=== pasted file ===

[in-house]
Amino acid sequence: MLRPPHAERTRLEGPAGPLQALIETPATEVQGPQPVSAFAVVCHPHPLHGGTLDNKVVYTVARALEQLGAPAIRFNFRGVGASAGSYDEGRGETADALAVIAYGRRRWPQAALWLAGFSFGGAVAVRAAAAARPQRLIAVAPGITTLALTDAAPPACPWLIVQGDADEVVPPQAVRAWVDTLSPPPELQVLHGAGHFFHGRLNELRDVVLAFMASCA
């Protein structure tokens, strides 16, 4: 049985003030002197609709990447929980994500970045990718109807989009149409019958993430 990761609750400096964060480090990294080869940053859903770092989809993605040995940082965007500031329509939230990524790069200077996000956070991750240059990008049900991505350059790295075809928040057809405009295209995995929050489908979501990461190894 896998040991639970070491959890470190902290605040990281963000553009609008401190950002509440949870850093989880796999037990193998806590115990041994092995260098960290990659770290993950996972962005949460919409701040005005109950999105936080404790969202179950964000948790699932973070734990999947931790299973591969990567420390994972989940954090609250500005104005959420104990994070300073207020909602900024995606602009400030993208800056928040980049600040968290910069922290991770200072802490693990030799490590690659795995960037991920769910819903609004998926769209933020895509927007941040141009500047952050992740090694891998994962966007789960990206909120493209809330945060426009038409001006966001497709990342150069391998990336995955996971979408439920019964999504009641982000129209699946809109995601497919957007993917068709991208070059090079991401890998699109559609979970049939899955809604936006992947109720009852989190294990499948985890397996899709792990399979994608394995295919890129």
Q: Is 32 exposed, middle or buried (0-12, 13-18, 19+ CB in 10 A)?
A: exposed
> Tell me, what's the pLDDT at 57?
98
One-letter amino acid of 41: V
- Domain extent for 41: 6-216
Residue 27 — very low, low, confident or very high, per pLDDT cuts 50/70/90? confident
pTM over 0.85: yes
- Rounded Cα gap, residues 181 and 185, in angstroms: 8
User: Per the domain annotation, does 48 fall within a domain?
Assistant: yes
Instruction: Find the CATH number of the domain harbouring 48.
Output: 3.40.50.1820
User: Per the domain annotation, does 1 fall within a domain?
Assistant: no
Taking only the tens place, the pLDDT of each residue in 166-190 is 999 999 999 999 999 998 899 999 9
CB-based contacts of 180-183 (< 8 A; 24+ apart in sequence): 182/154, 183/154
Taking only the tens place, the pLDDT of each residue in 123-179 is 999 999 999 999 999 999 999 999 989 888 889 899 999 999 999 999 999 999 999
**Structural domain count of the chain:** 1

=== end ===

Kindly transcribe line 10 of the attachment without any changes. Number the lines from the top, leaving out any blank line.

Residue 27 — very low, low, confident or very high, per pLDDT cuts 50/70/90? confident